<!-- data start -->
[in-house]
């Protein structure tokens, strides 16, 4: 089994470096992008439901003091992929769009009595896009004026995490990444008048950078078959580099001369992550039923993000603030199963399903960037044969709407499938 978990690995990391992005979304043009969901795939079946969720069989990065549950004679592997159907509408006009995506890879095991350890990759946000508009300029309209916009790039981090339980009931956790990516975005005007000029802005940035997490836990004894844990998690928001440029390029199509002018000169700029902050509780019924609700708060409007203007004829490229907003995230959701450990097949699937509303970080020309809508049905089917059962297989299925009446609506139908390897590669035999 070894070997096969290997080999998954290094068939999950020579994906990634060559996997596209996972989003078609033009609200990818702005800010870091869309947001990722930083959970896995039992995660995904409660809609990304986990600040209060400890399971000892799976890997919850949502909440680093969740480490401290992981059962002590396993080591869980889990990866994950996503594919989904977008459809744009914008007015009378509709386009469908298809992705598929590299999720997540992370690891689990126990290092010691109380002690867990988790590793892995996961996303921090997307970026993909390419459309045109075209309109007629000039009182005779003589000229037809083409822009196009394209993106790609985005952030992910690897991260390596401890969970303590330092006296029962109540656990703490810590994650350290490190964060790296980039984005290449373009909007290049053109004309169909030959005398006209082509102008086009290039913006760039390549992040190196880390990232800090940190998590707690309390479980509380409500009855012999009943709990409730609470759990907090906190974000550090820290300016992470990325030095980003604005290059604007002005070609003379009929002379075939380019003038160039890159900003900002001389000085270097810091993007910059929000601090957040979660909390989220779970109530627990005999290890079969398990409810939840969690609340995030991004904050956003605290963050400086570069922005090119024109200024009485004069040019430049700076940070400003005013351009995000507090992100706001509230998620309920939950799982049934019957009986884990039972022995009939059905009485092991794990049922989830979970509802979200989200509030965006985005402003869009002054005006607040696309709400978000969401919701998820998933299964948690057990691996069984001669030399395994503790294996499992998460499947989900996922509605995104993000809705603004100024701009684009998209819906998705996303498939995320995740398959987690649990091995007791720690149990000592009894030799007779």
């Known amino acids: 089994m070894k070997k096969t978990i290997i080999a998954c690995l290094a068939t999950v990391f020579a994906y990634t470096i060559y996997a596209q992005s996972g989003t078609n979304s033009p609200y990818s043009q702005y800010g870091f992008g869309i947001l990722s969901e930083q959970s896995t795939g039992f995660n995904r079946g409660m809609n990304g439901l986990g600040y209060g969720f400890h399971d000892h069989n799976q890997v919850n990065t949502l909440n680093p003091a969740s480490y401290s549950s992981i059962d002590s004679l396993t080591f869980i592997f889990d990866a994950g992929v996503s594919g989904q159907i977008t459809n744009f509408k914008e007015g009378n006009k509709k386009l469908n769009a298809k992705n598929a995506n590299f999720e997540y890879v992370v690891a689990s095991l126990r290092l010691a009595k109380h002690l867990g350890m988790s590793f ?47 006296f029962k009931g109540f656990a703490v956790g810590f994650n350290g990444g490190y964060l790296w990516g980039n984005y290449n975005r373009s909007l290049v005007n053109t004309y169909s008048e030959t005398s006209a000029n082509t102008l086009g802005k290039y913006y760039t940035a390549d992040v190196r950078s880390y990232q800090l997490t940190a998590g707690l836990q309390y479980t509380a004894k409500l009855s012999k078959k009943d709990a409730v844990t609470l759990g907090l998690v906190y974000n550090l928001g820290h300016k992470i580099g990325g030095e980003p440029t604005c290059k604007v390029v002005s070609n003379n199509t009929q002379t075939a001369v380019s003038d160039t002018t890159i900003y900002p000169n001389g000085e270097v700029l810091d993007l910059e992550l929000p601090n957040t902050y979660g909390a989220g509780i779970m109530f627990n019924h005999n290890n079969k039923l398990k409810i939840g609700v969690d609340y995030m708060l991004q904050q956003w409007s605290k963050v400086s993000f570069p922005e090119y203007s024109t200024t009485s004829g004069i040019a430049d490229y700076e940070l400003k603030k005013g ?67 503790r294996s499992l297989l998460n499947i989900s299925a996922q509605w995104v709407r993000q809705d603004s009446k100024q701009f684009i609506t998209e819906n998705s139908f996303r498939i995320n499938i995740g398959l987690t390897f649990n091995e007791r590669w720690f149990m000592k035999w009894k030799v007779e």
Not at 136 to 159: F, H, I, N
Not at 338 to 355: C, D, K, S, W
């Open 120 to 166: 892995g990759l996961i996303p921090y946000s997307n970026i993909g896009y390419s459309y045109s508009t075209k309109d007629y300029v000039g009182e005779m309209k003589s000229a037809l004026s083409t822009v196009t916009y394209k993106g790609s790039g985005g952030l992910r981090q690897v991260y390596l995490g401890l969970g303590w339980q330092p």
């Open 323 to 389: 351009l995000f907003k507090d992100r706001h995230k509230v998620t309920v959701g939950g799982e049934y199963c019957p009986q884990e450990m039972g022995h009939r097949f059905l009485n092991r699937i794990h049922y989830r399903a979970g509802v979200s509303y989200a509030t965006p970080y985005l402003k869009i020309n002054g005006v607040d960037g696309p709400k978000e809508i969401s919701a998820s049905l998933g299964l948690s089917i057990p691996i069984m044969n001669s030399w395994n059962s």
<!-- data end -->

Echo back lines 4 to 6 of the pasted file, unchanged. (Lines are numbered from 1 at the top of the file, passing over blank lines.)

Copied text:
Not at 136 to 159: F, H, I, N
Not at 338 to 355: C, D, K, S, W
């Open 120 to 166: 892995g990759l996961i996303p921090y946000s997307n970026i993909g896009y390419s459309y045109s508009t075209k309109d007629y300029v000039g009182e005779m309209k003589s000229a037809l004026s083409t822009v196009t916009y394209k993106g790609s790039g985005g952030l992910r981090q690897v991260y390596l995490g401890l969970g303590w339980q330092p």